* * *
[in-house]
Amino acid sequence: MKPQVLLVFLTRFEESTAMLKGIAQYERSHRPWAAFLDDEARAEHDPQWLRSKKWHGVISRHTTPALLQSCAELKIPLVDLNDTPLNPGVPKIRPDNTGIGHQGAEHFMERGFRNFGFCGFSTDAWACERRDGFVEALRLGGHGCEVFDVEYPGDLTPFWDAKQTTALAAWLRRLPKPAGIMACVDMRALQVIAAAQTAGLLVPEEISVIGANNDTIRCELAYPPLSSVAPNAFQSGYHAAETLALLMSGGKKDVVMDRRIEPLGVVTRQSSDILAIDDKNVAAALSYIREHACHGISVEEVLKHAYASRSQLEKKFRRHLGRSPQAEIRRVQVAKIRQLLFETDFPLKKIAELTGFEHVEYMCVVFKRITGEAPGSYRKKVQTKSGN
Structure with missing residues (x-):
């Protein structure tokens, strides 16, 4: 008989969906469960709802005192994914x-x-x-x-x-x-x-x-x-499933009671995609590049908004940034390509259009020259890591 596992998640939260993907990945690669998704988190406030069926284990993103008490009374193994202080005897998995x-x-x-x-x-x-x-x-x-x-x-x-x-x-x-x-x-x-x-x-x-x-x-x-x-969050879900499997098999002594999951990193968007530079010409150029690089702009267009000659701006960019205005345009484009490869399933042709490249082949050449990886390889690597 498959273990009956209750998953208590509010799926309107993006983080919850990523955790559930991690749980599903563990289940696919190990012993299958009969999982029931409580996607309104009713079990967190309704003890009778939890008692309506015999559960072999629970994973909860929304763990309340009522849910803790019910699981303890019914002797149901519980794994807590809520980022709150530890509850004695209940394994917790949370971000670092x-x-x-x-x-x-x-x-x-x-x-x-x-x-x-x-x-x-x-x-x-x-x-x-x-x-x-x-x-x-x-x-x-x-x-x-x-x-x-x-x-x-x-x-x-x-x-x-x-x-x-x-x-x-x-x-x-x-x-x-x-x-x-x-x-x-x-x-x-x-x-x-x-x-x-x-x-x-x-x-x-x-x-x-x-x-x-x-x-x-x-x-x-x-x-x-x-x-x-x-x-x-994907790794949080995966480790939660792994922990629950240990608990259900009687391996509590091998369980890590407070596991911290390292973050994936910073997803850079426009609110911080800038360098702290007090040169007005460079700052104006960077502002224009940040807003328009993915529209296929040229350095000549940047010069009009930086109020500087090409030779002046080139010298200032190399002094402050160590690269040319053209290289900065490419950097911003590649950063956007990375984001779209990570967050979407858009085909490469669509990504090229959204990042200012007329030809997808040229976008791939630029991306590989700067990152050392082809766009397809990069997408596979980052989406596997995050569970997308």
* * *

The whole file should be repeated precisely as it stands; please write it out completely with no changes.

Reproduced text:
[in-house]
Amino acid sequence: MKPQVLLVFLTRFEESTAMLKGIAQYERSHRPWAAFLDDEARAEHDPQWLRSKKWHGVISRHTTPALLQSCAELKIPLVDLNDTPLNPGVPKIRPDNTGIGHQGAEHFMERGFRNFGFCGFSTDAWACERRDGFVEALRLGGHGCEVFDVEYPGDLTPFWDAKQTTALAAWLRRLPKPAGIMACVDMRALQVIAAAQTAGLLVPEEISVIGANNDTIRCELAYPPLSSVAPNAFQSGYHAAETLALLMSGGKKDVVMDRRIEPLGVVTRQSSDILAIDDKNVAAALSYIREHACHGISVEEVLKHAYASRSQLEKKFRRHLGRSPQAEIRRVQVAKIRQLLFETDFPLKKIAELTGFEHVEYMCVVFKRITGEAPGSYRKKVQTKSGN
Structure with missing residues (x-):
């Protein structure tokens, strides 16, 4: 008989969906469960709802005192994914x-x-x-x-x-x-x-x-x-499933009671995609590049908004940034390509259009020259890591 596992998640939260993907990945690669998704988190406030069926284990993103008490009374193994202080005897998995x-x-x-x-x-x-x-x-x-x-x-x-x-x-x-x-x-x-x-x-x-x-x-x-x-969050879900499997098999002594999951990193968007530079010409150029690089702009267009000659701006960019205005345009484009490869399933042709490249082949050449990886390889690597 498959273990009956209750998953208590509010799926309107993006983080919850990523955790559930991690749980599903563990289940696919190990012993299958009969999982029931409580996607309104009713079990967190309704003890009778939890008692309506015999559960072999629970994973909860929304763990309340009522849910803790019910699981303890019914002797149901519980794994807590809520980022709150530890509850004695209940394994917790949370971000670092x-x-x-x-x-x-x-x-x-x-x-x-x-x-x-x-x-x-x-x-x-x-x-x-x-x-x-x-x-x-x-x-x-x-x-x-x-x-x-x-x-x-x-x-x-x-x-x-x-x-x-x-x-x-x-x-x-x-x-x-x-x-x-x-x-x-x-x-x-x-x-x-x-x-x-x-x-x-x-x-x-x-x-x-x-x-x-x-x-x-x-x-x-x-x-x-x-x-x-x-x-x-994907790794949080995966480790939660792994922990629950240990608990259900009687391996509590091998369980890590407070596991911290390292973050994936910073997803850079426009609110911080800038360098702290007090040169007005460079700052104006960077502002224009940040807003328009993915529209296929040229350095000549940047010069009009930086109020500087090409030779002046080139010298200032190399002094402050160590690269040319053209290289900065490419950097911003590649950063956007990375984001779209990570967050979407858009085909490469669509990504090229959204990042200012007329030809997808040229976008791939630029991306590989700067990152050392082809766009397809990069997408596979980052989406596997995050569970997308």